In The New York Times Book Review, Baz Dreisinger reviews James McBride’s new novel, “The Good Lord Bird,” an unusually funny look at John Brown’s violent crusade against slavery. Ms. Dreisinger writes:
“The Good Lord Bird” is hardly the first literary rendering of John Brown; everyone from Herman Melville to Langston Hughes, from Russell Banks to the rock band Rancid, has written of the man who tired of talk and demanded action, undertaking a violent crusade against slavery the way Ahab went after his white whale. Henry David Thoreau called Brown “the most American of us all,” which partly explains his iconic appeal: zealotry, self-reliance, lone crusading — from the Puritans on down, this is true Americana. Brown’s racial cross-identification — “His zeal in the cause of my race was far greater than mine,” Frederick Douglass said; the scholar John Stauffer cites evidence he may have tried to darken his skin in photographs — makes him doubly relevant to hip-hop America; were he alive today, Brown might well be Eminem.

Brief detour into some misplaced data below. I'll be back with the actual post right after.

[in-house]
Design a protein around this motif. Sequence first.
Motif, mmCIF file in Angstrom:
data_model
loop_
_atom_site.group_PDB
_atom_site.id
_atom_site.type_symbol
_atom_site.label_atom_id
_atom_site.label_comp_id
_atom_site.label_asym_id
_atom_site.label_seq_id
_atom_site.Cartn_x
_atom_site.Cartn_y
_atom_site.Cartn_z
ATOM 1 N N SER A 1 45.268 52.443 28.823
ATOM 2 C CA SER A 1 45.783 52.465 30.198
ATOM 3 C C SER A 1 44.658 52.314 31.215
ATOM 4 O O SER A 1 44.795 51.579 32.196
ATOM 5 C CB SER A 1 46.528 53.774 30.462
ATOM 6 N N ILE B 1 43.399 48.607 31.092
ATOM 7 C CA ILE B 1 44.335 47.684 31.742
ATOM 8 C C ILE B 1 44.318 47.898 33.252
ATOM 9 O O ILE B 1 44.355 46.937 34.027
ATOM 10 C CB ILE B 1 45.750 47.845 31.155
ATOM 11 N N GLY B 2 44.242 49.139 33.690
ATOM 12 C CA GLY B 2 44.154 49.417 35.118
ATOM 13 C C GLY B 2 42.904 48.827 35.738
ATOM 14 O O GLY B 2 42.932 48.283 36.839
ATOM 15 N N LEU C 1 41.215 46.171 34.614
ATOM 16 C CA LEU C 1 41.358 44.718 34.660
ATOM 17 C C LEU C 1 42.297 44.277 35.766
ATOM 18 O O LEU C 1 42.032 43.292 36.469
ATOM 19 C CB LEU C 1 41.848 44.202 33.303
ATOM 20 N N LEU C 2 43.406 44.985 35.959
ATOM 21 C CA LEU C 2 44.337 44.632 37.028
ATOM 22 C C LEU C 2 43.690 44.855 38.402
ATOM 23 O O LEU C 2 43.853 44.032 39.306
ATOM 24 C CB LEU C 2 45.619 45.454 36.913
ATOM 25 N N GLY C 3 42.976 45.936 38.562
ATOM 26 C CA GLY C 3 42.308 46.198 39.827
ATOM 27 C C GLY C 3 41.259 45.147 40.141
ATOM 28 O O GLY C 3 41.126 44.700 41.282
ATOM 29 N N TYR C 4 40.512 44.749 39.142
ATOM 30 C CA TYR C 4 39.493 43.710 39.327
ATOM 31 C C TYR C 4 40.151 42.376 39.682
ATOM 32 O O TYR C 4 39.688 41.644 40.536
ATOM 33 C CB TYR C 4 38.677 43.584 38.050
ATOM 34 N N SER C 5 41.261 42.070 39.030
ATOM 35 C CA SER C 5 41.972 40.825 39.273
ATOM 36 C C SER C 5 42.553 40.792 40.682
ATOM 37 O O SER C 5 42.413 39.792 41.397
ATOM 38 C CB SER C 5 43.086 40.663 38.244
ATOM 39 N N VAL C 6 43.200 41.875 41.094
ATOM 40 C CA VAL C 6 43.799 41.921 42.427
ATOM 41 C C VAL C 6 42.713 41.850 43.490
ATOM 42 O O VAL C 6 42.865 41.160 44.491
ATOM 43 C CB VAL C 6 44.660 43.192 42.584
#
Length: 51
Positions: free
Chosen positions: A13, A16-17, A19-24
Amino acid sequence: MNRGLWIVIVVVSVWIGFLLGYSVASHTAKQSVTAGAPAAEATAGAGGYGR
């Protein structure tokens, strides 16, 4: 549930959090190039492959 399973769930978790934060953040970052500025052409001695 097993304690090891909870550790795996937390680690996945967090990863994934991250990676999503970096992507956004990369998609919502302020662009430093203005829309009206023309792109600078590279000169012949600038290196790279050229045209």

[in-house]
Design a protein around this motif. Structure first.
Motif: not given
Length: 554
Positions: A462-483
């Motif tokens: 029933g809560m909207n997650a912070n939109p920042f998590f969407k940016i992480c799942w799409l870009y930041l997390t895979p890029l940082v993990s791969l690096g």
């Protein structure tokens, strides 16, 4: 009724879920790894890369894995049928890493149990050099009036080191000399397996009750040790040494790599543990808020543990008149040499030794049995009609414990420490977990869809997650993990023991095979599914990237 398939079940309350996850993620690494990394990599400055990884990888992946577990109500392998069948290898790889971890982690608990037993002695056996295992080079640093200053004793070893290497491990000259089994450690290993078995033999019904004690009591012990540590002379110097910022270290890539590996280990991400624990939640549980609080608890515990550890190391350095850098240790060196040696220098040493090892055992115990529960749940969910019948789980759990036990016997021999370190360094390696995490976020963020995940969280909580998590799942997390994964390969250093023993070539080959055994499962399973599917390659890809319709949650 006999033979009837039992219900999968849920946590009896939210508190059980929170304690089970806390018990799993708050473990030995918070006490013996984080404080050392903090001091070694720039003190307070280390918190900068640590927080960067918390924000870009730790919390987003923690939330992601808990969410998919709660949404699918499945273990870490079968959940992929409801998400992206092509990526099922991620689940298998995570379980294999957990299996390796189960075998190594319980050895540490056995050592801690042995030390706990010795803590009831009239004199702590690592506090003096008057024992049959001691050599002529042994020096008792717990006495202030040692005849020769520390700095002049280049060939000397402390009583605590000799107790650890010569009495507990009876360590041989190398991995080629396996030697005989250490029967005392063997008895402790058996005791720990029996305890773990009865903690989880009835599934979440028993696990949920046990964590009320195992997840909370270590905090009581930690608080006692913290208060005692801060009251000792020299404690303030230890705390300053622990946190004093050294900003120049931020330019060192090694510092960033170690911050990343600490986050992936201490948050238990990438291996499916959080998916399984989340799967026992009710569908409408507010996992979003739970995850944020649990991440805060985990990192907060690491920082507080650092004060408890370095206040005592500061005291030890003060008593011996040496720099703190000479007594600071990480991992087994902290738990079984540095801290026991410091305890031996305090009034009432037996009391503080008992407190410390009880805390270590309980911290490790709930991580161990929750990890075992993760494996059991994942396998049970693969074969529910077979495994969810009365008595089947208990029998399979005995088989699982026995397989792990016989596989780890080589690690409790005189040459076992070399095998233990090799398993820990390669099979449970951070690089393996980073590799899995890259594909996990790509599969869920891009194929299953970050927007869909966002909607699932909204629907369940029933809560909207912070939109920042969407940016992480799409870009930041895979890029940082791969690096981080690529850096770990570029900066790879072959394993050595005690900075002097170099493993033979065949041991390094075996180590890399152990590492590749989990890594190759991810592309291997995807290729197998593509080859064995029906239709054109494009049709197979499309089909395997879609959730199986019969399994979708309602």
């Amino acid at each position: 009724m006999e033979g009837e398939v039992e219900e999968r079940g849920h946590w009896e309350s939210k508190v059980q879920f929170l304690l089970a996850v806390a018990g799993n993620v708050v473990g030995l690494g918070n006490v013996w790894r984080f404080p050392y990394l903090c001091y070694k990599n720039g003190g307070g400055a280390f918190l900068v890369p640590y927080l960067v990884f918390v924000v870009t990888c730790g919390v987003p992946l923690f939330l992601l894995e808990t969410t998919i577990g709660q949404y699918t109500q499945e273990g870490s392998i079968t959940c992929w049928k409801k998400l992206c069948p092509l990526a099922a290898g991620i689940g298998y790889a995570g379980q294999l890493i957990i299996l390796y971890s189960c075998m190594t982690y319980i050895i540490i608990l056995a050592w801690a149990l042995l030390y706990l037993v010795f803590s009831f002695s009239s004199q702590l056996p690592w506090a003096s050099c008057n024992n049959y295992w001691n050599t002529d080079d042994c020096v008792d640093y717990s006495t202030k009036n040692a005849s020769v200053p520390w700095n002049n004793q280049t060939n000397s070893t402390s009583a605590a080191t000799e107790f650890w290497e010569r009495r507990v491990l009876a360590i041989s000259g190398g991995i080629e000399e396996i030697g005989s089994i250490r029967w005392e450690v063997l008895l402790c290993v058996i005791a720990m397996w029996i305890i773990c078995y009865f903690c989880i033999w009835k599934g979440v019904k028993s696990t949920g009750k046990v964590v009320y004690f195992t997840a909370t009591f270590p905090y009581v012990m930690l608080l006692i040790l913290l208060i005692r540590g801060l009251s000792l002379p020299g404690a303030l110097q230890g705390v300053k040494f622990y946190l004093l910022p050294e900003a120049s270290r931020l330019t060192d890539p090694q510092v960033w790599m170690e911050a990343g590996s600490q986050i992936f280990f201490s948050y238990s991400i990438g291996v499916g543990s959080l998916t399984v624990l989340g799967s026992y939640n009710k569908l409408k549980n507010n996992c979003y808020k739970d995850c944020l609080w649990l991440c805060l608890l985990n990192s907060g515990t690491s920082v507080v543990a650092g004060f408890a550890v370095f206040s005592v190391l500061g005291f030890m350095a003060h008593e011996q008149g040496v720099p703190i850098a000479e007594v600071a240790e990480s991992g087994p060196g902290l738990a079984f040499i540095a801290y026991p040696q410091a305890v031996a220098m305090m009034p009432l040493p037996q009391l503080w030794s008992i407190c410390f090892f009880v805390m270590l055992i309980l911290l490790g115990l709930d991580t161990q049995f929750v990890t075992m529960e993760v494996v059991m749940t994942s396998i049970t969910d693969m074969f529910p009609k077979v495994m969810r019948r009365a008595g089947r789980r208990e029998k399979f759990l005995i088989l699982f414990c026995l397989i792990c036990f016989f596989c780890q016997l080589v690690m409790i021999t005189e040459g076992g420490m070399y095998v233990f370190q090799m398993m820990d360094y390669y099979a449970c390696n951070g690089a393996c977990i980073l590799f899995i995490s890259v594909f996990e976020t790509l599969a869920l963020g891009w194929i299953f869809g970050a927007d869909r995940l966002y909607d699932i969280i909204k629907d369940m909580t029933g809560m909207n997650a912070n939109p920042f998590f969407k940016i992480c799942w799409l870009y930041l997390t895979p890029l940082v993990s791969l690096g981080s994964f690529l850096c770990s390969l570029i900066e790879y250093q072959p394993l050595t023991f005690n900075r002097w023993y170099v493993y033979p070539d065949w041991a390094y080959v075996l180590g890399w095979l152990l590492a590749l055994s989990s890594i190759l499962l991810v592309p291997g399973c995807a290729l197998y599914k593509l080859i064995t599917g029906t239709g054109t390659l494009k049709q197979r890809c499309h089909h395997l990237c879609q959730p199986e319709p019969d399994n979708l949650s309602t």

In McBride’s hands, though, he’s “prone to stop on his horse in the middle of the afternoon, cup his hand to his ear and say: ‘Shh. I’m getting messages from our Great Redeemer Who stoppeth time itself on our behalf.’ ” He’s part Crocodile Dundee, part backwoods preacher, part con man. When the “Old Man” smiles, our narrator tells us, “stretching them wrinkles horizontal gived the impression of him being plumb stark mad. Seemed like his peanut had poked out the shell all the way.”
On this week’s podcast, Mr. McBride discusses his new novel; Jeff Guinn talks about his new biography of Charles Manson; and Parul Sehgal has best-seller news. Pamela Paul is the host.